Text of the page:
The importance of sustainable palm oil: a consumer’s perspective
I recently attended a Palm Oil Seminar in Melbourne, Australia where speakers representing a cross section of organisations involved in the palm oil industry, including environmental groups, major suppliers and purchasers of palm oil addressed an audience of palm oil buyers and suppliers, brands and NGOs to discuss the risks and options around the use of palm oil in products sold in Australia. Representatives from orang-utan protection centres talked about their lifesaving work rescuing and rehabilitating orang-utans impacted by the destruction of their habitat by the palm oil industry, displaying images and footage relaying truly heart wrenching stories.
Despite this being an industry-led event, a number of interested consumers like myself were there to find out more about the palm oil industry and what companies are doing to sustainably source palm oil and reduce the impact their operations have on the environment, deforestation and wildlife.
The majority of Australians are unaware that palm oil can be found in so many products on supermarket shelves including food, personal care items and household cleaning products, and most consumers are unaware that each time they purchase a product containing palm oil, they are contributing to the problem.
Major buyers of palm oil including Ferrero and Nestle presented their policies on sustainable sourcing and harvesting of palm oil, demonstrating an ongoing commitment to no deforestation and eliminating exploitation in their supply chains. Companies like Ferrero and Nestle are more aware than ever before that power is with the consumer and if they’re not doing the right thing by adopting ethically, environmentally and socially sound operational and purchasing policies, the likelihood of consumers switching products heightens, significantly impacting on their profits. In 2010, people power resulted in Nestle changing their supply chain policy following a hugely successful KitKat campaign by Greenpeace which you can read about here.
As each speaker gave their presentation a sense of camaraderie could be felt in the room, a feeling that these people and the organisations they represent are well aware of the urgency of the situation, that they are taking action because time is NOT on their or anyone’s side: deforestation and species extinction is a VERY real possibility within the next 10 years.
One of the key messages from the seminar is that boycotting palm oil is not the answer. Despite its reputation as a “bad” oil responsible for causing widespread devastation and suffering at ground level, we simply cannot live without it for many reasons.
“The palm oil industry brings much needed revenue to developing countries like Indonesia and Malaysia, helping to raise the living standards of millions of people. It is versatile in use, relatively cheap and efficient to grow. It accounts for 65% of all vegetable oil traded globally and is found in around 50% of supermarket packaged products.” Source: TFT July 2015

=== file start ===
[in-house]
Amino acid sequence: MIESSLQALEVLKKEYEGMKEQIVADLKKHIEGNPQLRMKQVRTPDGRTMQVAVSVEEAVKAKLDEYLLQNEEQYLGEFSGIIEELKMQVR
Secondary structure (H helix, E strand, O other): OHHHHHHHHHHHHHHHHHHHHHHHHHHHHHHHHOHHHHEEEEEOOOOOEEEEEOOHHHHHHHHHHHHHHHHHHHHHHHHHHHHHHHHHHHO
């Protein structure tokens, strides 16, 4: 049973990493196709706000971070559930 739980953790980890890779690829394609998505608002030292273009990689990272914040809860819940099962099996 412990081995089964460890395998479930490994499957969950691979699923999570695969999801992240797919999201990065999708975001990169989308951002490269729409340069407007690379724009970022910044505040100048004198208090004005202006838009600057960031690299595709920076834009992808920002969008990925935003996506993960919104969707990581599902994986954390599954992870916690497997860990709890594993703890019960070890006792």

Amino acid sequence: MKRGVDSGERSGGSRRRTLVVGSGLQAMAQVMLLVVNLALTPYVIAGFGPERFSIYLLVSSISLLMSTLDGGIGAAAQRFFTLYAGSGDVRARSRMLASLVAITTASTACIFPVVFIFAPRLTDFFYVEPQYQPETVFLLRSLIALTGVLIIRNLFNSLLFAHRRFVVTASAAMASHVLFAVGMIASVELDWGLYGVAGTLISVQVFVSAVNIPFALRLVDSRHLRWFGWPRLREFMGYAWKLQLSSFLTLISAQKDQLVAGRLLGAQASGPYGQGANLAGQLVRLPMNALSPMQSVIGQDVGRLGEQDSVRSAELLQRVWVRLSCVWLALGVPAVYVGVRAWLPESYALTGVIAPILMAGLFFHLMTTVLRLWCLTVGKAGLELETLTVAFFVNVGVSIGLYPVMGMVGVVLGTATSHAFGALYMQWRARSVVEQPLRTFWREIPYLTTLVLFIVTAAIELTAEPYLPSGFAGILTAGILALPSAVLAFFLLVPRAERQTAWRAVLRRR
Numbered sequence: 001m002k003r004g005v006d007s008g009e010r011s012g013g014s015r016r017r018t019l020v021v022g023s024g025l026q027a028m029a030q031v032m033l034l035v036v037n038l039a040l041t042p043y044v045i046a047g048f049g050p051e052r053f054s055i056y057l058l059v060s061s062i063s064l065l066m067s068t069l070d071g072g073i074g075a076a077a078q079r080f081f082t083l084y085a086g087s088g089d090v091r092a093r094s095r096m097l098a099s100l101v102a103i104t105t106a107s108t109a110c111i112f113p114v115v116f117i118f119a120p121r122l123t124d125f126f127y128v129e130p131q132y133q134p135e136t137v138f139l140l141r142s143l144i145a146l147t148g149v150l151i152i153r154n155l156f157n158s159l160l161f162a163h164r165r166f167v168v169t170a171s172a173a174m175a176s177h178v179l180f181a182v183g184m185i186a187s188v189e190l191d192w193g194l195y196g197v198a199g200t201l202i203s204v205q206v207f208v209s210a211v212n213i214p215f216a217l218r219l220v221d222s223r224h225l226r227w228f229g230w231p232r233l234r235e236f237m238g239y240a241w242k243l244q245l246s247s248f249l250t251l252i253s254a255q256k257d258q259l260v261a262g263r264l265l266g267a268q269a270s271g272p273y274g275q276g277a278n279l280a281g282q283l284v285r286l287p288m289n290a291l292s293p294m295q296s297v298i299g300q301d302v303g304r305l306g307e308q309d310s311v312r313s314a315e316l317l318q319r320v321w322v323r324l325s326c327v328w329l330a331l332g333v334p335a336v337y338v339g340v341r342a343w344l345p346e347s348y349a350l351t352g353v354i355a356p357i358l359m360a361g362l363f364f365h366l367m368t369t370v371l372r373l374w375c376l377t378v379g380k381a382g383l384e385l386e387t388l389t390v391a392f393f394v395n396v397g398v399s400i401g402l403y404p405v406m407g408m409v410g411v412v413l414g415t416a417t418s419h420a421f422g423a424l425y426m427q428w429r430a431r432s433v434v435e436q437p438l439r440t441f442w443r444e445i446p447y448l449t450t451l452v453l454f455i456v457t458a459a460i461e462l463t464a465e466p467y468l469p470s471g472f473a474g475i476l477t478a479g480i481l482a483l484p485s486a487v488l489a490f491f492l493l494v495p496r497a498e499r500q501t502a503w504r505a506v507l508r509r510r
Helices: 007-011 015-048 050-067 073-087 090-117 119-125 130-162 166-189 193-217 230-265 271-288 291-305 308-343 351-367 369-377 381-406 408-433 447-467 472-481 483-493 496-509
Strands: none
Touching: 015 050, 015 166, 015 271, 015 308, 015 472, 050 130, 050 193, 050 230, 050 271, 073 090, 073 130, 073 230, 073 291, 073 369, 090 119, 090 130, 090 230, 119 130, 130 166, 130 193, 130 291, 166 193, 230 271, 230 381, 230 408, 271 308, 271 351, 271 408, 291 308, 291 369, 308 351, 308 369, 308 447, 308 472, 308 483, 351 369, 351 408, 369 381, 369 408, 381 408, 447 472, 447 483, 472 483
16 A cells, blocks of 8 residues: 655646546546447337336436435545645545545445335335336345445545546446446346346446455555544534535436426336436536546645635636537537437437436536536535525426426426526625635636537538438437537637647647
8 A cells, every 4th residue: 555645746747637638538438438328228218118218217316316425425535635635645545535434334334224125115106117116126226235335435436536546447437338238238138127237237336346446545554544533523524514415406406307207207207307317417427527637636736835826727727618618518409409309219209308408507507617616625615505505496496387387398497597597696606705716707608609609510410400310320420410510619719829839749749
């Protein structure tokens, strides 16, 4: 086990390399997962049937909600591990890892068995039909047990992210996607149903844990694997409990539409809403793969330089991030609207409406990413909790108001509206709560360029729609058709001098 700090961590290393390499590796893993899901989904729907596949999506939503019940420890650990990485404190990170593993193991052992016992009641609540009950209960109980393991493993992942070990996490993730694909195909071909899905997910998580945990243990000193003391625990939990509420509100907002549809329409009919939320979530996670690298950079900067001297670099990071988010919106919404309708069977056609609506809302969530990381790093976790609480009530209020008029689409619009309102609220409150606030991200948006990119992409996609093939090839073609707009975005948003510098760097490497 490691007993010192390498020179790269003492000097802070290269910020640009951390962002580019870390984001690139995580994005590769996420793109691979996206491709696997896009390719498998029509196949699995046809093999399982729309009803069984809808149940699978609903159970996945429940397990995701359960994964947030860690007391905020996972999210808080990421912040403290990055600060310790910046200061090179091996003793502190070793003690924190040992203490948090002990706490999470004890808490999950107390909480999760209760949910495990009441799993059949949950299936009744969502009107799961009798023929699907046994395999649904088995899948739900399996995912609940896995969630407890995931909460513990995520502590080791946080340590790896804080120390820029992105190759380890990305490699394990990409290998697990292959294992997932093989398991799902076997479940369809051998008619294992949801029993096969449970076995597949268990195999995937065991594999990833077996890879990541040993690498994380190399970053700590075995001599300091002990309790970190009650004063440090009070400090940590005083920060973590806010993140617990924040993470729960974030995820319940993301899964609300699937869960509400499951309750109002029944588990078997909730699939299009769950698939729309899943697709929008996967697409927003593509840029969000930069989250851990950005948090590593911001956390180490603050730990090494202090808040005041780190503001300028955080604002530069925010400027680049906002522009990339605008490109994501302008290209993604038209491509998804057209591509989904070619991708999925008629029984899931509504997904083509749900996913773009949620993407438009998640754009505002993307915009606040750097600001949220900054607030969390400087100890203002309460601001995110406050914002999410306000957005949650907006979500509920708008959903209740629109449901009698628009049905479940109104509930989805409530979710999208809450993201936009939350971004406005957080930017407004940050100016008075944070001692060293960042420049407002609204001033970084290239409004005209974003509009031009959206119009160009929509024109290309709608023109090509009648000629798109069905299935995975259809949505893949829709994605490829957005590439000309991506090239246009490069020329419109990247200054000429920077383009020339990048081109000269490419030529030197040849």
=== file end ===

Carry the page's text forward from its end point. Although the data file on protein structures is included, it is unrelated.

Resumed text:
Alternatives to palm oil which include sunflower, rapeseed, soy and corn oil would still result in increases in deforestation and environmental damage and there are many social, economic and financial factors that would need to be considered before going down this route to determine if any viable oil substitutes are suitable for long term production in developing countries.
Wilmar International, whose representative spoke at the conference, is one of a number of major suppliers of palm oil committed to eliminating deforestation and exploitation in their supply chains, joining buyers such as Nestle, Ferrero, Johnson & Johnson, Mars and Natures Organics who have all pledged such policies. These organisations are committed to sourcing certified sustainable palm oil that has no deforestation and minimal impact on the environment.
From a consumers perspective, it’s heartening to hear major suppliers and brands striving to do the right thing, but it’s important that these actions are followed right through the supply chain and that all organisations, large and small jump on the bandwagon and adopt similar policies that advocate for certified sourcing of sustainable palm oil, with the aim of adopting an active no deforestation policy showing full tracking and traceability on palm oil supply from plantation to mill to end user.
This is when community led organisations like Palm Oil Investigations (POI) plays such an important role. Their growing army of Facebook followers (nudging 160,000) is indicative of how everyday consumers are taking the impact of palm oil production on endangered species and the environment so seriously. We, the consumer want to see change and we can make it happen.
The app that POI launched in March 2015 was the first step in giving power to the people. By scanning products on supermarket shelves we are empowered to make decisions on what to put in our shopping trolley. And if our usual packet of biscuits contains palm oil that is not certifiably and sustainably sourced, we can choose an alternative and let our favourite brand know that we have made the change. Its then up to them if they want to change their sourcing policy. If they do, we’ll switch back.
Attending the seminar has given me a greater appreciation of the importance of the palm oil industry on several levels and that advocating to stop the production of palm oil isn’t the answer to the problem.
Whilst there has been mass destruction of pristine forests since palm oil production first started on a global scale decades ago, we can use our voice and our purchasing power to help stop this. The key is to educate yourself as a consumer, be aware of the impact of your buying habits and how you have the power to influence change simply by choosing not to purchase products that contain unregulated palm oil.